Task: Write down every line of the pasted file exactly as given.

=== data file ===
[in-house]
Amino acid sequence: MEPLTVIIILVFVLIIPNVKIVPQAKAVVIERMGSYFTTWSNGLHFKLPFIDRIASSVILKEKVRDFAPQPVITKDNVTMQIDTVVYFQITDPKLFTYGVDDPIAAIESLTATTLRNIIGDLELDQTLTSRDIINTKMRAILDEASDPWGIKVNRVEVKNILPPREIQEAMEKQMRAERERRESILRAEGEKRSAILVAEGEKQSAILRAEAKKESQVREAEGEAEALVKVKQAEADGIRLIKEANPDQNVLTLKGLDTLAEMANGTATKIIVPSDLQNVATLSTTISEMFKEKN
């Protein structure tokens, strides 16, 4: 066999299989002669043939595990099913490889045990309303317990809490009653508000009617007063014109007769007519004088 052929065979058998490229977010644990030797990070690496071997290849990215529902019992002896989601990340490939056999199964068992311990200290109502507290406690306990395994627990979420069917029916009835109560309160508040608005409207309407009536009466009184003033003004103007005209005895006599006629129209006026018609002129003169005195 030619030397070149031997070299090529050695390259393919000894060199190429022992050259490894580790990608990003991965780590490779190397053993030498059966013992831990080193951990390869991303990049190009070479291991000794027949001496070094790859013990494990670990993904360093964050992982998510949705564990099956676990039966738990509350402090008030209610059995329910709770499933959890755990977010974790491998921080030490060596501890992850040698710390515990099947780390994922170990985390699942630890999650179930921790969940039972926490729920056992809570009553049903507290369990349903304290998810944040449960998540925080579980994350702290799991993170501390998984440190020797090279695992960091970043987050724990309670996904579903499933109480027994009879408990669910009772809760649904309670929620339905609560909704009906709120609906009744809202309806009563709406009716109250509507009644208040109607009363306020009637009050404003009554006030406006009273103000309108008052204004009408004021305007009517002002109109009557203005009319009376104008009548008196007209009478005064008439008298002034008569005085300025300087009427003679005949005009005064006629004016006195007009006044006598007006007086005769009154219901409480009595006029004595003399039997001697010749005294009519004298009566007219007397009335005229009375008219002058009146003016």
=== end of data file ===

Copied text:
[in-house]
Amino acid sequence: MEPLTVIIILVFVLIIPNVKIVPQAKAVVIERMGSYFTTWSNGLHFKLPFIDRIASSVILKEKVRDFAPQPVITKDNVTMQIDTVVYFQITDPKLFTYGVDDPIAAIESLTATTLRNIIGDLELDQTLTSRDIINTKMRAILDEASDPWGIKVNRVEVKNILPPREIQEAMEKQMRAERERRESILRAEGEKRSAILVAEGEKQSAILRAEAKKESQVREAEGEAEALVKVKQAEADGIRLIKEANPDQNVLTLKGLDTLAEMANGTATKIIVPSDLQNVATLSTTISEMFKEKN
């Protein structure tokens, strides 16, 4: 066999299989002669043939595990099913490889045990309303317990809490009653508000009617007063014109007769007519004088 052929065979058998490229977010644990030797990070690496071997290849990215529902019992002896989601990340490939056999199964068992311990200290109502507290406690306990395994627990979420069917029916009835109560309160508040608005409207309407009536009466009184003033003004103007005209005895006599006629129209006026018609002129003169005195 030619030397070149031997070299090529050695390259393919000894060199190429022992050259490894580790990608990003991965780590490779190397053993030498059966013992831990080193951990390869991303990049190009070479291991000794027949001496070094790859013990494990670990993904360093964050992982998510949705564990099956676990039966738990509350402090008030209610059995329910709770499933959890755990977010974790491998921080030490060596501890992850040698710390515990099947780390994922170990985390699942630890999650179930921790969940039972926490729920056992809570009553049903507290369990349903304290998810944040449960998540925080579980994350702290799991993170501390998984440190020797090279695992960091970043987050724990309670996904579903499933109480027994009879408990669910009772809760649904309670929620339905609560909704009906709120609906009744809202309806009563709406009716109250509507009644208040109607009363306020009637009050404003009554006030406006009273103000309108008052204004009408004021305007009517002002109109009557203005009319009376104008009548008196007209009478005064008439008298002034008569005085300025300087009427003679005949005009005064006629004016006195007009006044006598007006007086005769009154219901409480009595006029004595003399039997001697010749005294009519004298009566007219007397009335005229009375008219002058009146003016």